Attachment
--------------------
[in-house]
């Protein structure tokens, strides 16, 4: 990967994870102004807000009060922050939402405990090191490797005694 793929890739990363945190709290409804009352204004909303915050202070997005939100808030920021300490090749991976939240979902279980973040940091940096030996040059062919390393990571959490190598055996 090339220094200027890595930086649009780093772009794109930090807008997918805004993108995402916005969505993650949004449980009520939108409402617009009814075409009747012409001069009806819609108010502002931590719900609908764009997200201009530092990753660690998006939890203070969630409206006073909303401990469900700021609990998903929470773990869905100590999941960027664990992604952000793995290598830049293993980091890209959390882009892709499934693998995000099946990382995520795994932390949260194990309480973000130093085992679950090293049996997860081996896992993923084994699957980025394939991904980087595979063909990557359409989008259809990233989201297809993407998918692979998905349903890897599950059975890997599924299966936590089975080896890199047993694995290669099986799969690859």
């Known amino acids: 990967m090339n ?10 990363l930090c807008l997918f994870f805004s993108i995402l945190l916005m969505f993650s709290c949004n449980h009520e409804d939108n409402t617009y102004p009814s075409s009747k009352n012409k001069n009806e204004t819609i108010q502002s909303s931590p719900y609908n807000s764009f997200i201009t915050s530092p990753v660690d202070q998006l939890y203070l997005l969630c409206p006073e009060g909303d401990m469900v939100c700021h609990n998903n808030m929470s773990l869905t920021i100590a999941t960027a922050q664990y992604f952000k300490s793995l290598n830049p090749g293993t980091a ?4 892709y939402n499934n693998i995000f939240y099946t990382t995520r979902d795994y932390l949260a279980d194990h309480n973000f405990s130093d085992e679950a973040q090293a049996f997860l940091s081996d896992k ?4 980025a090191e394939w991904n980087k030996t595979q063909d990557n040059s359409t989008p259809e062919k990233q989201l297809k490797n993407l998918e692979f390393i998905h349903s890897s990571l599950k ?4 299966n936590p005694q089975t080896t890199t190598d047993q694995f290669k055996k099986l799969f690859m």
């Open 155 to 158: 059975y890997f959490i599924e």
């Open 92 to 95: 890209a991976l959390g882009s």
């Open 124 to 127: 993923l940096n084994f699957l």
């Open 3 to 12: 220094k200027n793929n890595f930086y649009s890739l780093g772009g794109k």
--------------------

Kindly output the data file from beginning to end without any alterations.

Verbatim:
[in-house]
């Protein structure tokens, strides 16, 4: 990967994870102004807000009060922050939402405990090191490797005694 793929890739990363945190709290409804009352204004909303915050202070997005939100808030920021300490090749991976939240979902279980973040940091940096030996040059062919390393990571959490190598055996 090339220094200027890595930086649009780093772009794109930090807008997918805004993108995402916005969505993650949004449980009520939108409402617009009814075409009747012409001069009806819609108010502002931590719900609908764009997200201009530092990753660690998006939890203070969630409206006073909303401990469900700021609990998903929470773990869905100590999941960027664990992604952000793995290598830049293993980091890209959390882009892709499934693998995000099946990382995520795994932390949260194990309480973000130093085992679950090293049996997860081996896992993923084994699957980025394939991904980087595979063909990557359409989008259809990233989201297809993407998918692979998905349903890897599950059975890997599924299966936590089975080896890199047993694995290669099986799969690859």
């Known amino acids: 990967m090339n ?10 990363l930090c807008l997918f994870f805004s993108i995402l945190l916005m969505f993650s709290c949004n449980h009520e409804d939108n409402t617009y102004p009814s075409s009747k009352n012409k001069n009806e204004t819609i108010q502002s909303s931590p719900y609908n807000s764009f997200i201009t915050s530092p990753v660690d202070q998006l939890y203070l997005l969630c409206p006073e009060g909303d401990m469900v939100c700021h609990n998903n808030m929470s773990l869905t920021i100590a999941t960027a922050q664990y992604f952000k300490s793995l290598n830049p090749g293993t980091a ?4 892709y939402n499934n693998i995000f939240y099946t990382t995520r979902d795994y932390l949260a279980d194990h309480n973000f405990s130093d085992e679950a973040q090293a049996f997860l940091s081996d896992k ?4 980025a090191e394939w991904n980087k030996t595979q063909d990557n040059s359409t989008p259809e062919k990233q989201l297809k490797n993407l998918e692979f390393i998905h349903s890897s990571l599950k ?4 299966n936590p005694q089975t080896t890199t190598d047993q694995f290669k055996k099986l799969f690859m």
């Open 155 to 158: 059975y890997f959490i599924e």
């Open 92 to 95: 890209a991976l959390g882009s």
């Open 124 to 127: 993923l940096n084994f699957l």
């Open 3 to 12: 220094k200027n793929n890595f930086y649009s890739l780093g772009g794109k």